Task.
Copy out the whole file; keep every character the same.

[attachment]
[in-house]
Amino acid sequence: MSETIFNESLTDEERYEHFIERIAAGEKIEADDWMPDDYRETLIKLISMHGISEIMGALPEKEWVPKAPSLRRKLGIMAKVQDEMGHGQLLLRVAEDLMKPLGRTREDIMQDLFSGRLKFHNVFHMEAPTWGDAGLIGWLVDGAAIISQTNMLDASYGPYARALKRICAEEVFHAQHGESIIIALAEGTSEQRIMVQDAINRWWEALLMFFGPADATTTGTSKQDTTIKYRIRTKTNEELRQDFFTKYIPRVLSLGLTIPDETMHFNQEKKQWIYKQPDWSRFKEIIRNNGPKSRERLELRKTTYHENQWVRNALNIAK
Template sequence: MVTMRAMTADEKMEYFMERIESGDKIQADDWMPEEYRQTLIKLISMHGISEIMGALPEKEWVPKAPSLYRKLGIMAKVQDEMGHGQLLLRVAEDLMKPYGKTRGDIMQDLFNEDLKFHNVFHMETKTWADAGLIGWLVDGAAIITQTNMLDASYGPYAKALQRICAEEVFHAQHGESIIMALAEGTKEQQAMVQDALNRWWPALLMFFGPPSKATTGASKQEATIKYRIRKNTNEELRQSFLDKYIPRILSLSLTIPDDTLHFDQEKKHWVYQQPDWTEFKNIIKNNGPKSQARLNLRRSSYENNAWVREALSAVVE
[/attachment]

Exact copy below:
[in-house]
Amino acid sequence: MSETIFNESLTDEERYEHFIERIAAGEKIEADDWMPDDYRETLIKLISMHGISEIMGALPEKEWVPKAPSLRRKLGIMAKVQDEMGHGQLLLRVAEDLMKPLGRTREDIMQDLFSGRLKFHNVFHMEAPTWGDAGLIGWLVDGAAIISQTNMLDASYGPYARALKRICAEEVFHAQHGESIIIALAEGTSEQRIMVQDAINRWWEALLMFFGPADATTTGTSKQDTTIKYRIRTKTNEELRQDFFTKYIPRVLSLGLTIPDETMHFNQEKKQWIYKQPDWSRFKEIIRNNGPKSRERLELRKTTYHENQWVRNALNIAK
Template sequence: MVTMRAMTADEKMEYFMERIESGDKIQADDWMPEEYRQTLIKLISMHGISEIMGALPEKEWVPKAPSLYRKLGIMAKVQDEMGHGQLLLRVAEDLMKPYGKTRGDIMQDLFNEDLKFHNVFHMETKTWADAGLIGWLVDGAAIITQTNMLDASYGPYAKALQRICAEEVFHAQHGESIIMALAEGTKEQQAMVQDALNRWWPALLMFFGPPSKATTGASKQEATIKYRIRKNTNEELRQSFLDKYIPRILSLSLTIPDDTLHFDQEKKHWVYQQPDWTEFKNIIKNNGPKSQARLNLRRSSYENNAWVREALSAVVE